Ernest Constam was also an early proponent of the military using skis, especially the Swiss and U.S. Armies. He is accredited with installing a T-bar lift at Camp Hale's Cooper Hill, on Tennessee Pass, as part of his war effort to help train 10th Mountain Division recruits become ski troopers during World War II. His alliance with the US Military also involved providing detailed intelligence on Germany's infrastructure to help fight Hitler. The advantage of a T-bar over a chair lift as a training aid, besides its lower cost, was it allowed troops to carry a fully loaded backpack, rifle, and other gear. The U.S. Army selected the site near Pando, Colorado for its access to highway and railroad transportation, rugged mount terrain, northwest exposure, and a 163.5-inch average annual snowfall that provided a six-month-long winter training season. The installation site of the lower drive terminal was laid out at an altitude of 10,576 feet, the cable rising across 21 intermediate towers to a top of pier elevation of 11,698' at the upper tension terminal (20, 720 lb. counterweight). The ¾ inch overhead haul cable supporting 130 T-bars, when operated at full capacity moved at 400 foot per-minute, with a 500 men per-hour rating, providing 1,122’ vertical feet of training per-run. Cooper Hill's ten trails were cut along the way and one of the longest T-Bar's in the country, at well over a mile long (6,000'), went into service on December 3rd, 1942. Consequently, it was the return of U.S. troops that help fuel a post-World War II skiing boom as they took up positions as: competitors, instructors-coaches, equipment designers-manufacturers, retail-wholesale business, resort developers-owners-operators, and of course writers-publishers documenting the sports progression.

Eventually, the Camp Hale military base was deactivated, and Lake County took over ownership of the ski area converting it into a resort for training civilians, which is still in operation today under the management of Cooper Hill Ski Area Inc as a not for profit. The ski area has since been updated with more modern lifts and renamed Ski Cooper, but Constam’s drive bullwheel can still be seen on display in the lower terminal building.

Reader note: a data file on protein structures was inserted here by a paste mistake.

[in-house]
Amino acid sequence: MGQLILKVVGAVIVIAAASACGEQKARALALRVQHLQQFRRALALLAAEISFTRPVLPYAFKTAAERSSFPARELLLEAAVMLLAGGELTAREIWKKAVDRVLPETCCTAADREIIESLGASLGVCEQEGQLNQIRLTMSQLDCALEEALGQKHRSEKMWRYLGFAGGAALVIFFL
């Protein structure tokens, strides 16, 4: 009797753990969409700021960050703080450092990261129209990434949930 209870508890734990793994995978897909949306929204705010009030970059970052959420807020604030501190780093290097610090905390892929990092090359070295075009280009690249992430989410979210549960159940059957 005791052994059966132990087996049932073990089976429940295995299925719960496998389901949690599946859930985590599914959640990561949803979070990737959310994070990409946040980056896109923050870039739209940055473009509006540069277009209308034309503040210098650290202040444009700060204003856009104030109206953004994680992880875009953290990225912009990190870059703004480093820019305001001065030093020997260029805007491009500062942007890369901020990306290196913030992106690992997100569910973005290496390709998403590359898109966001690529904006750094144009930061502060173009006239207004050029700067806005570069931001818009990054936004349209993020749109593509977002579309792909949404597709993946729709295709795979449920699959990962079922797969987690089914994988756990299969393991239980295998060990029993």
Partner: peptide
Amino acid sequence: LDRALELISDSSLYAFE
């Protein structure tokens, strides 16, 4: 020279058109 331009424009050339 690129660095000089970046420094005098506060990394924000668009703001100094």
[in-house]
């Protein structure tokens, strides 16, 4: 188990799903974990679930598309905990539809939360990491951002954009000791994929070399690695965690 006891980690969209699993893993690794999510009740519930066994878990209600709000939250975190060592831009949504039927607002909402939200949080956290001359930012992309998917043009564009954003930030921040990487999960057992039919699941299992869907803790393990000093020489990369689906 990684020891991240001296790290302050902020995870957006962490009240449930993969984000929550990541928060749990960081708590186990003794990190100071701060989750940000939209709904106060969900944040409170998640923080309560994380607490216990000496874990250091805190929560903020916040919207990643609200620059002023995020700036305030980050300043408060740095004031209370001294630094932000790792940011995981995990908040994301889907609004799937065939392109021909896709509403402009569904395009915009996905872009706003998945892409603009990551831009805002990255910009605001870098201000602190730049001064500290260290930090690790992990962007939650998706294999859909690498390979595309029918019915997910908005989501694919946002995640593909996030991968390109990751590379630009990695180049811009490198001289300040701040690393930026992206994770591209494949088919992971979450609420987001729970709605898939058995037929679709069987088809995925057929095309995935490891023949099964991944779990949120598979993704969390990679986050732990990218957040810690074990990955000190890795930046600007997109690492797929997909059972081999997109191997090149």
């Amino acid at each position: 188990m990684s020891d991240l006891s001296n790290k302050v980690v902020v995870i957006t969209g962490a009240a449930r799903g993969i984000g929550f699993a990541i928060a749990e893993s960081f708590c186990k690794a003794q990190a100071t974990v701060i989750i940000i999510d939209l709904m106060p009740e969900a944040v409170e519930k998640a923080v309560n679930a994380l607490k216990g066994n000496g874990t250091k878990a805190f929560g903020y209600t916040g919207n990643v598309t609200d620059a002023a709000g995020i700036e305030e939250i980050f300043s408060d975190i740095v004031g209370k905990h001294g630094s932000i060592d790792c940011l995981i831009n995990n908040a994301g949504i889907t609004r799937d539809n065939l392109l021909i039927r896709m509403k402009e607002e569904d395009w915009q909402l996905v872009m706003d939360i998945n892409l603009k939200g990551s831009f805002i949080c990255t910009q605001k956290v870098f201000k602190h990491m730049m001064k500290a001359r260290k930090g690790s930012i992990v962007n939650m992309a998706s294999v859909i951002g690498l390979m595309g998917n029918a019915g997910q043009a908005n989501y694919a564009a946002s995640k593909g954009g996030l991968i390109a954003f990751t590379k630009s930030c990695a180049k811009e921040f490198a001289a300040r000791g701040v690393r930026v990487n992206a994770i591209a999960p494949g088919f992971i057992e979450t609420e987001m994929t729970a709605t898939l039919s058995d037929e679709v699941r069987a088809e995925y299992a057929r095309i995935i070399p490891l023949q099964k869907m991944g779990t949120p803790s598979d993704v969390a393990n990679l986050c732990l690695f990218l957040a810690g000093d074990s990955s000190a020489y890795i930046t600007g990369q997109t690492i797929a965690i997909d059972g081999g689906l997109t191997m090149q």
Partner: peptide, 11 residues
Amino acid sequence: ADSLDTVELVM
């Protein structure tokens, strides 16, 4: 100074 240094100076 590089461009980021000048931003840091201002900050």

Historically speaking, Ernest Constam’s cutting edge innovations in lift technology, constant promotion of Alpine skiing, and his Camp Hale installation for the U.S. Army was instrumental in the rapid spread and growth of the sport in both Europe and North America. Ernest lived in Denver, Colorado until age 77, dying on September 2, 1965, at St. Luke’s Hospital, and entered at the Fairmont Cemetery Mausoleum, Denver Colorado. (Born in Zurich, Switzerland 12/16/1888 - Died in Denver, Colorado 9/2/1965). When ski columnist Lenny Bughman learned of Constam’s passing he commented that, “Constam was one of the gentlemen of the old school.” R&N

Famous Constam quote:

after 20 years of building the best damn lifts in the world,...I’m proud of everything I’ve done…Over 200 Constam T-bar lifts that I know of, and the Lord only knows how many I don’t know about.

The Lift Maker, 20th Anniversary Interview, National Skiing, Nov 1, 1954, pp. 18-19

Ernest Constam Signature (underlined in a ski lift symbol)

Guests are invited to share research, pictures and stories of riding a J-bar or T-bar ski lift at the bottom of this page

Postcards[edit | edit source]

My collection of J-Bar & T-Bar postcards:

Squaw Pass, CO. Ski Area T-bar[edit | edit source]

I wanted to hear that crazy spring sound that I remember while riding t-bars as a child, so I contacted Newcomb Spring Corp and had a new spring made for this t-bar.

This T-bar was recovered from Squaw Pass ski area (1960-75) prior to being updated and reopened as Echo Mountain. While removing the old T-bar lift in 2005 Mark Petitt saved 7 of them, selling one to Michael Gibbons on 9/5/2015. The T-bar is a Constam design made by Roebling in 1960.

Winter Park, CO. Ski Area T-bar[edit | edit source]

Sipapu Taos NM. Roebling T-bar[edit | edit source]

Constam Material Deposited In Archives[edit | edit source]

Colorado Parks Correspondence, Denver Central Library[edit | edit source]

Early Colorado Ski Resort Paperwork, Denver Central Library, Western History Dept., Denver Department of Parks and Recreation, WH 316, Box 29, Range 90, Section 6, Shelf 6. NOTES: 1) This parks and recreation box contains a lot of early miscellaneous Constam paperwork and communiqués discussing different ski areas, payments, lift problems-solutions, etc. Therefore, I only sampled some of the more interesting stuff regarding engineering and history. There are literally dozens of blue pints in the collection. Some of the ski resorts mentioned in this file box include: Winter Park/West Portal, Climax, Cooper Hill, Berthoud Pass, Turkey Creek, Starbuck Park, Soda Creek, etc…

Constam Lift Operation Maintenance[edit | edit source]

Mine and Smelter Supply Company[edit | edit source]

Tickets[edit | edit source]

Department of Justice[edit | edit source]